Mr. Burke, who had never seen a mine before, got off to a rocky start. Some managers viewed him as an annoyance, with plenty of big-picture ideas but little practical knowledge. David Richards, an executive in Rio Tinto’s health, safety and environmental department recalls hearing Mr. Burke lecture on the large loss of species across the planet. “I used to say, ‘Thanks for the speech, but how does that help me help the guy who has to deal with 20 hectares [50 acres] and a limited number of species that might not even be endangered?’ ” Mr. Richards says. Mr. Burke learned to follow up his talks with concrete proposals, and he connected Mr. Richards with an organization that specializes in small-scale conservation problems.
Mr. Burke also chafed at corporate bureaucracy. During long meetings, he caught up on reading or played computer card games. And some Rio Tinto managers groused they couldn’t get a word in edgewise when he argued his position. “It was easier for me to deal with the top decision-makers, but once I got beyond that layer, I must have been quite threatening,” Mr. Burke concedes. To foster good relations, Mr. Burke, a passionate ornithologist, brought managers on bird-watching trips near remote sites in Australia and Africa when traveling there for work.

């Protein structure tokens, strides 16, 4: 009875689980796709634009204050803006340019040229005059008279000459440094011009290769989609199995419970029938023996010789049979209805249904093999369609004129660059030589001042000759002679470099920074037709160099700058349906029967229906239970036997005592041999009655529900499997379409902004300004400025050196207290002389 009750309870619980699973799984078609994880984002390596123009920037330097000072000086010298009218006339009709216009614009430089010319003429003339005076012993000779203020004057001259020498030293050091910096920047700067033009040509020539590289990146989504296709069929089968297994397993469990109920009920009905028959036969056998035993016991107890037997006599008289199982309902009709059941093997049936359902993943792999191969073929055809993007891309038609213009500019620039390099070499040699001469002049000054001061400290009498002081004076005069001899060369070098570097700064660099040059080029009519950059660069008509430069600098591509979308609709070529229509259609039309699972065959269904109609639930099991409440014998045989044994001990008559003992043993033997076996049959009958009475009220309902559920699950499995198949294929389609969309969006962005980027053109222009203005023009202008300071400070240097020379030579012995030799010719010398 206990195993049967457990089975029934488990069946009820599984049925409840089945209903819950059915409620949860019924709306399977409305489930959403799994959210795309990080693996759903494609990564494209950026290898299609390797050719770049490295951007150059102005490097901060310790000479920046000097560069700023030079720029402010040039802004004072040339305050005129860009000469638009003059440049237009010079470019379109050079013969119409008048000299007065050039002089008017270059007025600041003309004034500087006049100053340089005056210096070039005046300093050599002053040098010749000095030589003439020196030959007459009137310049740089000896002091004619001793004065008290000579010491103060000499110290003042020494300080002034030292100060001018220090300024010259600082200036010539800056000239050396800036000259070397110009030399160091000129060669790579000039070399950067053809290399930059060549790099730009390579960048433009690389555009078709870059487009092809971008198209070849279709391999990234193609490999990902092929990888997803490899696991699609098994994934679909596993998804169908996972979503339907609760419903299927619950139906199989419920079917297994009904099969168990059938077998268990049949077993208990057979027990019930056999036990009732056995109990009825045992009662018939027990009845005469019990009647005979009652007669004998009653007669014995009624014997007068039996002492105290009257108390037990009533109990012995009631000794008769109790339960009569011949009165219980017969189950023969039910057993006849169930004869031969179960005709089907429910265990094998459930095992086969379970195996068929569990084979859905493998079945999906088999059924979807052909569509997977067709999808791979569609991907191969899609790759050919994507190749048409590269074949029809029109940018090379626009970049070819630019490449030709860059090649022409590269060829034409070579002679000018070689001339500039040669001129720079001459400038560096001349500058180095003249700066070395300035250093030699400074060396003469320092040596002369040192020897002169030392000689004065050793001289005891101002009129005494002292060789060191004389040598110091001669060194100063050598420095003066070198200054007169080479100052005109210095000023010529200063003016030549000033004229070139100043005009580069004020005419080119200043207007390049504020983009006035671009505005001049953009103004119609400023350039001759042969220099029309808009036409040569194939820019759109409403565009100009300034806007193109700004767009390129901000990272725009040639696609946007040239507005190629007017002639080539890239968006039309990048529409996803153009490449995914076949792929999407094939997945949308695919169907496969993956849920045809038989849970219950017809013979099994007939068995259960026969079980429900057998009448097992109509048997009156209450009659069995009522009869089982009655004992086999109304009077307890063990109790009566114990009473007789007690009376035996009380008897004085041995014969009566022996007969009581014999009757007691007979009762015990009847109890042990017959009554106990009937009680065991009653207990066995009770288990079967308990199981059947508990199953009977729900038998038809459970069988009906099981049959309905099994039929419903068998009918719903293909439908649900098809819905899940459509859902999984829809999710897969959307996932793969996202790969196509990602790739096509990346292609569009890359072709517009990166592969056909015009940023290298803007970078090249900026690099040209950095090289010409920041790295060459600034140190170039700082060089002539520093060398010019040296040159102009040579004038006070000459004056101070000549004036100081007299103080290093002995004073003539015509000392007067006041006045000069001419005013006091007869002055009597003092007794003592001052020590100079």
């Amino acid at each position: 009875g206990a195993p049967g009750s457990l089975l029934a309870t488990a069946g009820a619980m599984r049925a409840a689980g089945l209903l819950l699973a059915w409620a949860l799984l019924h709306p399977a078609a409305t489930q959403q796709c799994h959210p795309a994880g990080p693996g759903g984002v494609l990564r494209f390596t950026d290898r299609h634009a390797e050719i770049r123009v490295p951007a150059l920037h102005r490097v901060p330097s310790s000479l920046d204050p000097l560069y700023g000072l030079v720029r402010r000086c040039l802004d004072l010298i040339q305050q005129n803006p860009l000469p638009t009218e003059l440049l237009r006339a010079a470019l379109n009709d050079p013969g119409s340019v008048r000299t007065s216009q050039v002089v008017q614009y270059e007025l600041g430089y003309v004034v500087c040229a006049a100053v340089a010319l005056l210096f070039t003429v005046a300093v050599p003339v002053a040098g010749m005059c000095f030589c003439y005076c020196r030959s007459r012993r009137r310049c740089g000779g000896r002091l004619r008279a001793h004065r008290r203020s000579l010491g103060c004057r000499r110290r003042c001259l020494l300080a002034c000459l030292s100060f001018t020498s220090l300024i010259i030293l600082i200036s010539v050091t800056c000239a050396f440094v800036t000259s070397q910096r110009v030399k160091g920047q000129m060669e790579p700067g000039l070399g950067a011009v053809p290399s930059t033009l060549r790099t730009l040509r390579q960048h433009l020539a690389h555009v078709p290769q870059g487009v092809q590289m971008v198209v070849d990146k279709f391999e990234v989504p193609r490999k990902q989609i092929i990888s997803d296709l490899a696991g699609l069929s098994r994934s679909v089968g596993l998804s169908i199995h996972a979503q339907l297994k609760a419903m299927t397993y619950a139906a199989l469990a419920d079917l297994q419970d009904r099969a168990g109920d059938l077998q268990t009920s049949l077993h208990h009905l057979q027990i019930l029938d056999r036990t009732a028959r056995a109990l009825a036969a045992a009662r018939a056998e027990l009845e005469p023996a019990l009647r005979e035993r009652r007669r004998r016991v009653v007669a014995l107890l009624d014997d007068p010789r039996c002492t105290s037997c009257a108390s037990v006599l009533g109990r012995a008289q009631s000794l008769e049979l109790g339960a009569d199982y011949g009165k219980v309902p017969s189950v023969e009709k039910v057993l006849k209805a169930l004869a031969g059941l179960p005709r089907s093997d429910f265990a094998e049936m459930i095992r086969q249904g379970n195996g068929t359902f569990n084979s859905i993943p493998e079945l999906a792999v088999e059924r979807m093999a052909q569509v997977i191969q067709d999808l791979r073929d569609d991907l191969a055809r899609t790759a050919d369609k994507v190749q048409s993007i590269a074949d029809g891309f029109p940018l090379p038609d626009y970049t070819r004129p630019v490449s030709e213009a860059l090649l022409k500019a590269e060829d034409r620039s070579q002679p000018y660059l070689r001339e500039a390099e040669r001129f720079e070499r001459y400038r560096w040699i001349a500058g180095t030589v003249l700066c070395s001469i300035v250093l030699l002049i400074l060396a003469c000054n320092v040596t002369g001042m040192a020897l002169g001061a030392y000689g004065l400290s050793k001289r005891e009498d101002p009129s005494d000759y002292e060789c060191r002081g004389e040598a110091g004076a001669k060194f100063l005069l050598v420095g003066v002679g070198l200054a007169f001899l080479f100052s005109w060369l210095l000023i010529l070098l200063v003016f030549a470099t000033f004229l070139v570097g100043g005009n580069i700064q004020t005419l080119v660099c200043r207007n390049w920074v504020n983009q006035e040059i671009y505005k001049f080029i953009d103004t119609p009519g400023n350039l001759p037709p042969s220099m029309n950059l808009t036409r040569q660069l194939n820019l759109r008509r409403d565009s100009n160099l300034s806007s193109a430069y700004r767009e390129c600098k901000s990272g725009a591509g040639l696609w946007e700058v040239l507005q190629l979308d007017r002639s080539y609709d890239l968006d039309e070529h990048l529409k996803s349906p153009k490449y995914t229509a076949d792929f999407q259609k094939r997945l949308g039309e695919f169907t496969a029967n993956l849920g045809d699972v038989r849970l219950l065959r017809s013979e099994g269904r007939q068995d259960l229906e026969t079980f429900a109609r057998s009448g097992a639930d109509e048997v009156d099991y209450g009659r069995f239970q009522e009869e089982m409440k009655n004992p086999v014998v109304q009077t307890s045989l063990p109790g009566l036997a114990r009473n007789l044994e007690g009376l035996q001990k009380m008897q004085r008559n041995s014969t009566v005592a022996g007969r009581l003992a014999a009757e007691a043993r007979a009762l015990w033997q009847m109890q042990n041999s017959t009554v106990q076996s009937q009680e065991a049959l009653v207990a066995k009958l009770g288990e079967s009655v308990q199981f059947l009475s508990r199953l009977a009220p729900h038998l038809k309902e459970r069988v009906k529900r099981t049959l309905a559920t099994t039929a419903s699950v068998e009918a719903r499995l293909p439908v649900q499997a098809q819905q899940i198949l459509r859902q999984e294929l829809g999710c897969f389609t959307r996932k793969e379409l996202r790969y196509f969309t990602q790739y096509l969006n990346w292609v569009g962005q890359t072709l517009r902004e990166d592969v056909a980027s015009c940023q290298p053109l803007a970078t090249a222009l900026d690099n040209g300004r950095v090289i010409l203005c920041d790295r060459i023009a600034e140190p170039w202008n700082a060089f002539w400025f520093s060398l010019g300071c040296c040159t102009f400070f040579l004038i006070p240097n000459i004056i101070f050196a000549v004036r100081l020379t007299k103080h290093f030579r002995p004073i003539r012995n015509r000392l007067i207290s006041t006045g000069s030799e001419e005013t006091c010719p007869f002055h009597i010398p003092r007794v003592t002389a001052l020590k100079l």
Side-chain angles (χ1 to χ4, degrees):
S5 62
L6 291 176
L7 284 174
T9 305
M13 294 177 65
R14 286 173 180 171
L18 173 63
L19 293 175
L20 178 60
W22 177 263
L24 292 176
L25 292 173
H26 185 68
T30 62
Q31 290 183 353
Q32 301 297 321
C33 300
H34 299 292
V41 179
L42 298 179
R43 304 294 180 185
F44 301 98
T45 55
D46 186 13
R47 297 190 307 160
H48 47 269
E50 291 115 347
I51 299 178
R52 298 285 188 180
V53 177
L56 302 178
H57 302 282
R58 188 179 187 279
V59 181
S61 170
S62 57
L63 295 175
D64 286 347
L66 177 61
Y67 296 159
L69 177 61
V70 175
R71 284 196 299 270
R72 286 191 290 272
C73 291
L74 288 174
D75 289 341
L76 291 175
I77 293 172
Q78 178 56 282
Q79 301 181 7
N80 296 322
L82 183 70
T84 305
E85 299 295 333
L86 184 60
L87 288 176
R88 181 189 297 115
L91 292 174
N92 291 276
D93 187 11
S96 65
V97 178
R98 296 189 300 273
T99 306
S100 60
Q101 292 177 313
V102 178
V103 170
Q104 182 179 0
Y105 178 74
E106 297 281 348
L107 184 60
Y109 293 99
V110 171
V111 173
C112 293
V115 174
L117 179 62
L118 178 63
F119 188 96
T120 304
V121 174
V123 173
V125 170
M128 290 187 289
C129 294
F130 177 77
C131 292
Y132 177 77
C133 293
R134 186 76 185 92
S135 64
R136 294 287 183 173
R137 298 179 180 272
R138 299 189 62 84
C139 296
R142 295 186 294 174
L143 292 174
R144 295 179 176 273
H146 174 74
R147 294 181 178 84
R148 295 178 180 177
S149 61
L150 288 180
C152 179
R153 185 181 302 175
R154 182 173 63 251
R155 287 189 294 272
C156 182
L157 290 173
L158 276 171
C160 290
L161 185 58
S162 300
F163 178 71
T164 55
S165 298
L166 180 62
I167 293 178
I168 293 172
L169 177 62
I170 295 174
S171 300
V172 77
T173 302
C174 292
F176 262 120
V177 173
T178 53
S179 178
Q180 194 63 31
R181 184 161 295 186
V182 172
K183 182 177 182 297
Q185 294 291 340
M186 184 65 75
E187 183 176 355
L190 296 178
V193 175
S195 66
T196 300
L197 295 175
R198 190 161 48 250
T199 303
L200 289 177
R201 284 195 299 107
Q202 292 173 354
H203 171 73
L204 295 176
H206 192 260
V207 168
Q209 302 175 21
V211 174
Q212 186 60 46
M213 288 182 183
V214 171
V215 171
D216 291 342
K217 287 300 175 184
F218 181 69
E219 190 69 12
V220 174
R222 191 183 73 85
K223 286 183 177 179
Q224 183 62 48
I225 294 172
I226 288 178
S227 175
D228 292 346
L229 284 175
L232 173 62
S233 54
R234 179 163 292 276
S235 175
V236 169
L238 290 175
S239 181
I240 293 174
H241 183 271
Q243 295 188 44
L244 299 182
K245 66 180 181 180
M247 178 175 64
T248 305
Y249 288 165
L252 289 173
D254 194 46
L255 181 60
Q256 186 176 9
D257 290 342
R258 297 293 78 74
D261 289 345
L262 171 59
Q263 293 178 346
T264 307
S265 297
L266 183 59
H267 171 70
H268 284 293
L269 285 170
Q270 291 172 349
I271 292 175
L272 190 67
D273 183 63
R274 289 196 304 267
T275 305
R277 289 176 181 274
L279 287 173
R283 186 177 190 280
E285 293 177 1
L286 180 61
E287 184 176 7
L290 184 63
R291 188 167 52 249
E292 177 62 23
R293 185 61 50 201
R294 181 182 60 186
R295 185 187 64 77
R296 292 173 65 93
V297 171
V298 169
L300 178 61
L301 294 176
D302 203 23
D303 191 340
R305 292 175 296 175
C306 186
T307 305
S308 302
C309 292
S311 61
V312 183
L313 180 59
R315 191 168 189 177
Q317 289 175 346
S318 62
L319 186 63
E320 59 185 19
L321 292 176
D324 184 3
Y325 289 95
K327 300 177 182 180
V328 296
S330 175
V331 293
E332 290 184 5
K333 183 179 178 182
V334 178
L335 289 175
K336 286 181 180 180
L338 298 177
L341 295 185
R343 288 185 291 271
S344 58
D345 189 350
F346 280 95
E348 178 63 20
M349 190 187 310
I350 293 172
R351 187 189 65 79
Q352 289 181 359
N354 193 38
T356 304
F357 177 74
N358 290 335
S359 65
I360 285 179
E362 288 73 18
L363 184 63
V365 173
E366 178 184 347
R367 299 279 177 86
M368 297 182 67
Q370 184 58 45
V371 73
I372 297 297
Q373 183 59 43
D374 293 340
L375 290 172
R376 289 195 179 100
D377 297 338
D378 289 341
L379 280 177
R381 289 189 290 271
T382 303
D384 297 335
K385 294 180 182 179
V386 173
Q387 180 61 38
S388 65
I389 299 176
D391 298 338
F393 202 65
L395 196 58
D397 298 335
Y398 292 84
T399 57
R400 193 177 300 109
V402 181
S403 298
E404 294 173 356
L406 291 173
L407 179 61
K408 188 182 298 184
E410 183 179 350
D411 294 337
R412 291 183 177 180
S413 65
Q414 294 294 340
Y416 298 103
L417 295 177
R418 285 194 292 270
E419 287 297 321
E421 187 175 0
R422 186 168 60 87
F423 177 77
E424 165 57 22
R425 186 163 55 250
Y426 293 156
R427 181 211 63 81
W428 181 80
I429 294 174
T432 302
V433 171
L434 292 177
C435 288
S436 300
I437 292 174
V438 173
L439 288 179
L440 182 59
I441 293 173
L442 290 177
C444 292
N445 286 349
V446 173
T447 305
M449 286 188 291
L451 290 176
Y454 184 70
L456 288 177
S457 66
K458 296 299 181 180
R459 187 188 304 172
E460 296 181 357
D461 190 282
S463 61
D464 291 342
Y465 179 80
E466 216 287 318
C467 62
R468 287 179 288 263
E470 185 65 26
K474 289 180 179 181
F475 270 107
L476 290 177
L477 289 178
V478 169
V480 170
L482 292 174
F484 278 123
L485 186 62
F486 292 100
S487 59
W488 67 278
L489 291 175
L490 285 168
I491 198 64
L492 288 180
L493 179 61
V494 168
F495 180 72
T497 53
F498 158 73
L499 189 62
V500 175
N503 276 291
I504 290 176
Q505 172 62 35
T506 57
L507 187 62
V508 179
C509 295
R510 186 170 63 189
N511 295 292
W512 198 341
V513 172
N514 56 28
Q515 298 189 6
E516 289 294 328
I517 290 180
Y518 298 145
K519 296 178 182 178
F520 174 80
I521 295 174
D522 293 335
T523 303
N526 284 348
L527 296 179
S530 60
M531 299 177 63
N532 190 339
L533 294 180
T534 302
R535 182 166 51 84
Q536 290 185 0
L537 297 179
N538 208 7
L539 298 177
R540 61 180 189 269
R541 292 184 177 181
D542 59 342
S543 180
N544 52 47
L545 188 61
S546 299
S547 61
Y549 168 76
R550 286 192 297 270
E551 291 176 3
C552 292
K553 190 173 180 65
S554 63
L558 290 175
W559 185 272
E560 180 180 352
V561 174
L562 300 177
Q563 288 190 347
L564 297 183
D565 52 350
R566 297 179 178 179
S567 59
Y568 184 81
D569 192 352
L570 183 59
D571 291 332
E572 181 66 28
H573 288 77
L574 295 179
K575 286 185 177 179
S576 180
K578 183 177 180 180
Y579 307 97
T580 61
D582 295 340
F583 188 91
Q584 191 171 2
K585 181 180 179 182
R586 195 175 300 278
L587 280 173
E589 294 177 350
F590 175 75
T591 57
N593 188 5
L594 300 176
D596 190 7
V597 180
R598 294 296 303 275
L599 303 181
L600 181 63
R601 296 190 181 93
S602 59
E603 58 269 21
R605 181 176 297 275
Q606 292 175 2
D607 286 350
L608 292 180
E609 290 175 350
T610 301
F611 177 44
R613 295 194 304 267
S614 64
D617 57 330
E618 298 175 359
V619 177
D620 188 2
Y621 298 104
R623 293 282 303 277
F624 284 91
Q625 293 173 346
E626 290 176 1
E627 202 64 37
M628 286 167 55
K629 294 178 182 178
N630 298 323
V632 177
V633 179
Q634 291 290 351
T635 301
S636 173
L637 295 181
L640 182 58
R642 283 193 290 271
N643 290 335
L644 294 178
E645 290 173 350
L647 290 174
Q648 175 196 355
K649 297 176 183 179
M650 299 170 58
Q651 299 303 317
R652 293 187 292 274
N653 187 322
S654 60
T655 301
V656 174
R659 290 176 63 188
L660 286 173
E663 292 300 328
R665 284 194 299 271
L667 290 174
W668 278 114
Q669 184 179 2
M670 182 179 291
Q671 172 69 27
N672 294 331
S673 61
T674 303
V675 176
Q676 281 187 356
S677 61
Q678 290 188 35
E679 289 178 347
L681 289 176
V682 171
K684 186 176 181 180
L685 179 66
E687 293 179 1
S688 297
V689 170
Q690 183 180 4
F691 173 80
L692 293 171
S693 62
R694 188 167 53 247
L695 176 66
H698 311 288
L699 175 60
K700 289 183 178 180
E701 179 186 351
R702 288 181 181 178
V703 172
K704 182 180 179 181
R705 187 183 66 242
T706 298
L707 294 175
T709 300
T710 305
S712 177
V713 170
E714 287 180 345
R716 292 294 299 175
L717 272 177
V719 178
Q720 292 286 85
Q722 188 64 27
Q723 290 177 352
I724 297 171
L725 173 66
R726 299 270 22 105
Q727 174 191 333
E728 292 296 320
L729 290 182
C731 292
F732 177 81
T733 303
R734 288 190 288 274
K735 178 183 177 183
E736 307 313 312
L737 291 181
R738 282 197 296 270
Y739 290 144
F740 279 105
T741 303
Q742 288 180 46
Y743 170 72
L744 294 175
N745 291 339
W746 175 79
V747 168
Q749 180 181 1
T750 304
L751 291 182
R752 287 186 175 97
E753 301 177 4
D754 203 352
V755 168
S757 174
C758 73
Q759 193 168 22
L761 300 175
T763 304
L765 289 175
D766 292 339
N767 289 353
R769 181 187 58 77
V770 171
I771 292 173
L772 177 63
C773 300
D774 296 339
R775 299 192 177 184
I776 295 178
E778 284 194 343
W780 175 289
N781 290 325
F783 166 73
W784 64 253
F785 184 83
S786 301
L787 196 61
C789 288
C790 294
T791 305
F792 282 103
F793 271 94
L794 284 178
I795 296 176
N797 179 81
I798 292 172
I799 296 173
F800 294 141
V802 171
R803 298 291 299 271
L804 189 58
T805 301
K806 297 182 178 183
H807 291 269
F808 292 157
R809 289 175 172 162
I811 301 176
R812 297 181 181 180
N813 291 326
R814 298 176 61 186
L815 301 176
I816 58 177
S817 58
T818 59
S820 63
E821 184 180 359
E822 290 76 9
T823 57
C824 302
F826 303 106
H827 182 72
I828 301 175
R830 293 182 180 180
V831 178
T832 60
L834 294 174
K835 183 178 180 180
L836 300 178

One of Mr. Burke’s most significant drives was to persuade Rio Tinto to tackle global warming by keeping its greenhouse-gas emissions in check. Over the course of a year, he traveled to Australia to win over local managers, many of whom were skeptical of the science behind global warming. He urged them to put the debate over the science aside, emphasizing instead that the risk of governmental regulation and negative publicity made it worthwhile to cut emissions. After quizzing Rio Tinto units how the cuts would affect their cost of doing business, he designed a flexible policy with different requirements for each location.
Rio Tinto adopted the policy in 2000. Last year, its goal was to cut overall emissions, but they increased 4.2% due in part to snafus at an aluminum smelter in Australia, Rio Tinto said. “A company like Rio Tinto is the paradigm of how difficult this issue is,” says Lord Holme. “It’s still something of a flashpoint for Tom.” A Rio Tinto spokeswoman says the company is confident it can meet its latest target, which says emissions per ton of product in 2008 should be 4% less than the 2003 level.